Car tags change to new system
Mississippi is changing its vehicle registration system from Legacy to MARVIN, according to Marshall County tax collector Betty Byrd.
The switch-over took place October 9, after closing out on the Legacy system Friday, Oct. 6, she said.
Anytime there is a new software system to become familiar with, it means county employees have to live with any glitches in the new system until it is debugged.
“Even though there are 82 counties in the State of Mississippi, there are 104 tax collector offices,” Byrd said. “I am very proud to say Marshall County is fortunate to have two offices to better serve its citizens.”
The state went to a computer system for registering and titling vehicles back in the 1980s.
“The Legacy system has been in operation ever since,” Byrd said. “You can imagine how antiquated it is by now. On Friday, Oct. 6, at 5:30 p.m. Legacy shut down for good. We woke up Monday with the Mississippi Automated Registration Vehicle Information Network (MARVIN).”
Byrd said the state has been testing and training for MARVIN for two years.
“The bottom line is that all counties have to be in compliance in order to sell a tag or title a vehicle,” Byrd said. “This new system is completely different from anything we have ever used.”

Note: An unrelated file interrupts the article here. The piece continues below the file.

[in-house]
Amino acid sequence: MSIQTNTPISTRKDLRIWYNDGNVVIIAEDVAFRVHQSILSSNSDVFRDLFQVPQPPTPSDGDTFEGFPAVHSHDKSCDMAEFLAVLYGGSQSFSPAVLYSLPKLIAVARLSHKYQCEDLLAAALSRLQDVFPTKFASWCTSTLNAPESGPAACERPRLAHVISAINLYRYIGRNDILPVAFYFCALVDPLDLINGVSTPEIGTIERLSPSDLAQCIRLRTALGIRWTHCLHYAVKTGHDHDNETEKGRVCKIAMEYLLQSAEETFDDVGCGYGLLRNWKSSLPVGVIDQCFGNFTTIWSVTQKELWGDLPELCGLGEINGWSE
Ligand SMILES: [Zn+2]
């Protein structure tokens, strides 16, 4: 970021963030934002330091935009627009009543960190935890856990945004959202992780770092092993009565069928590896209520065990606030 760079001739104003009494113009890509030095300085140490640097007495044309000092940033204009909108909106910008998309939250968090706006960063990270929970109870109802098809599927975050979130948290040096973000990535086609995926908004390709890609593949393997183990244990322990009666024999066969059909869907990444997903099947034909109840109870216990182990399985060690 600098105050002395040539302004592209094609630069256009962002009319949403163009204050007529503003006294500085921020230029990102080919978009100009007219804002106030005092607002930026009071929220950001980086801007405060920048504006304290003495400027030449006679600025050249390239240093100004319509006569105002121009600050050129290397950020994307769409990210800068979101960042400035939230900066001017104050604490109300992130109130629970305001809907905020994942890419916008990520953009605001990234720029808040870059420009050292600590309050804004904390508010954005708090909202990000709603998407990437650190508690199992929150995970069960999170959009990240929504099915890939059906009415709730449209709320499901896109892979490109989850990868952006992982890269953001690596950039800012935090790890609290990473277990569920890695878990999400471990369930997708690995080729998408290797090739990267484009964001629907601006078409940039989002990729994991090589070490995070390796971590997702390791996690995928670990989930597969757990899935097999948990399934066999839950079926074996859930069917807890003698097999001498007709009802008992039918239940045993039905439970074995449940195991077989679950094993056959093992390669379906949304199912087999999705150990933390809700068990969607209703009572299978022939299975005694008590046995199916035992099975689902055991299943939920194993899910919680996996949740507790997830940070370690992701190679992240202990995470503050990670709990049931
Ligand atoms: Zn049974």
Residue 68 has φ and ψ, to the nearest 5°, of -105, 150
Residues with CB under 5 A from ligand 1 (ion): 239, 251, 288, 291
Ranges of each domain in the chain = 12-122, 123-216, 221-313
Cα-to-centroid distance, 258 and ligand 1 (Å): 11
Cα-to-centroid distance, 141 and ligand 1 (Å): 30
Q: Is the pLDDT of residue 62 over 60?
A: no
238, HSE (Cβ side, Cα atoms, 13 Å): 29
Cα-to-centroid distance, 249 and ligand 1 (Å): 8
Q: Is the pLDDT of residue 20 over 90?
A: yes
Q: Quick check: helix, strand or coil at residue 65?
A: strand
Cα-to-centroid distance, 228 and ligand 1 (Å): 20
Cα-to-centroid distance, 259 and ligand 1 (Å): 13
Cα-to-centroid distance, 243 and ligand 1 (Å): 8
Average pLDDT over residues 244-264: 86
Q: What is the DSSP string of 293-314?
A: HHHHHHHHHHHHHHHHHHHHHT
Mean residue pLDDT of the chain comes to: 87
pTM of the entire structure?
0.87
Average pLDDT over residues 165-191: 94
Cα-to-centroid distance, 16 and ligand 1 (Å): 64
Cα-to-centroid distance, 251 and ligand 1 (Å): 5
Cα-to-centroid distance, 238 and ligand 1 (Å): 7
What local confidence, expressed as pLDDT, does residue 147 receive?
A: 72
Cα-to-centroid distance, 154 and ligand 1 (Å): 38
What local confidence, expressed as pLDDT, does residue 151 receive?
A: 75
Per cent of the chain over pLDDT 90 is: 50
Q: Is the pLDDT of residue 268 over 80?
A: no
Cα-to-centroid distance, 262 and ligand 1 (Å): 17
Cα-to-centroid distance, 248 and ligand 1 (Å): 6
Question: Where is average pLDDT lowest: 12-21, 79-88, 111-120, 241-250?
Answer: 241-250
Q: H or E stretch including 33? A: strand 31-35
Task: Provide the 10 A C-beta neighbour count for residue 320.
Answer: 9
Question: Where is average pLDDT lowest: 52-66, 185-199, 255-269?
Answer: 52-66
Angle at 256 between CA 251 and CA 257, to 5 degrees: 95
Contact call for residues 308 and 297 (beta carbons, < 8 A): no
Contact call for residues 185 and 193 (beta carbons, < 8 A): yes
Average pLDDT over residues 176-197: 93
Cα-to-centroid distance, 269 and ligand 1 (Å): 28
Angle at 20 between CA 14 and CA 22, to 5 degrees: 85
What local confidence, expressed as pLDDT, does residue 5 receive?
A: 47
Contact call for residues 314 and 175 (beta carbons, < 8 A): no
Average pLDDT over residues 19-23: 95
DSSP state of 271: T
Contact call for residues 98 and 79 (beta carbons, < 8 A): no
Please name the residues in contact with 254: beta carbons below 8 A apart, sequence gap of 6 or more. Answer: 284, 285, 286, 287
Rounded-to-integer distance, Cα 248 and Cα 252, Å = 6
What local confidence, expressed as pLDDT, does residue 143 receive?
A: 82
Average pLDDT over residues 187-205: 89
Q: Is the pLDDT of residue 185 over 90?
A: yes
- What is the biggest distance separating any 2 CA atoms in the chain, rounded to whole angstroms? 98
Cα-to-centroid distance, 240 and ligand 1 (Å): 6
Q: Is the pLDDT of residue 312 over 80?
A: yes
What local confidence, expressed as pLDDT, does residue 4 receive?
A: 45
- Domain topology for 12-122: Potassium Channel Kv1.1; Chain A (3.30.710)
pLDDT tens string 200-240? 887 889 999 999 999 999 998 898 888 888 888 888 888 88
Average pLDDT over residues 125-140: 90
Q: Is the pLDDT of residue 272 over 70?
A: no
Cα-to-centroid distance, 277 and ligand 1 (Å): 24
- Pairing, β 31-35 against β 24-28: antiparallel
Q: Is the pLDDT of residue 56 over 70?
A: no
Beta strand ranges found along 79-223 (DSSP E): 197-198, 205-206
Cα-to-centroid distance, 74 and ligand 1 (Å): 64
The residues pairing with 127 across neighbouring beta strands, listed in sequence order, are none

MARVIN is connected to the National Motor Vehicle Title Information System which carries the complete history of any vehicle moving to Marshall County. NMVTIS should help identify branded or stolen vehicles, which benefits law enforcement, as well.
All application forms for titles and tags will be printed at the Marshall County tax office. MARVIN will help the office keep track of tag inventories and the office will automatically receive more tags when inventory runs low.
Byrd said she is very excited about this new system and she commended her staff members, who have all attended training programs and webinars and double entered each transaction (entering tag or title data on both Legacy and MARVIN). This has given the office staff experience on the new system.
Byrd said October 9 was an exciting day but also scary. Every county goes live at once.
The bugs will be worked out of the system in the early days or weeks of use.
Byrd asked for patience while any problems are resolved.
She said tags are usually changed every five years in the month of October. But that will be put on hold and the state will start issuing new tags with a new mask in October 2018. Any new tags issued between now and next October will have the same guitar mask but will have seven letters and numbers instead of the current six.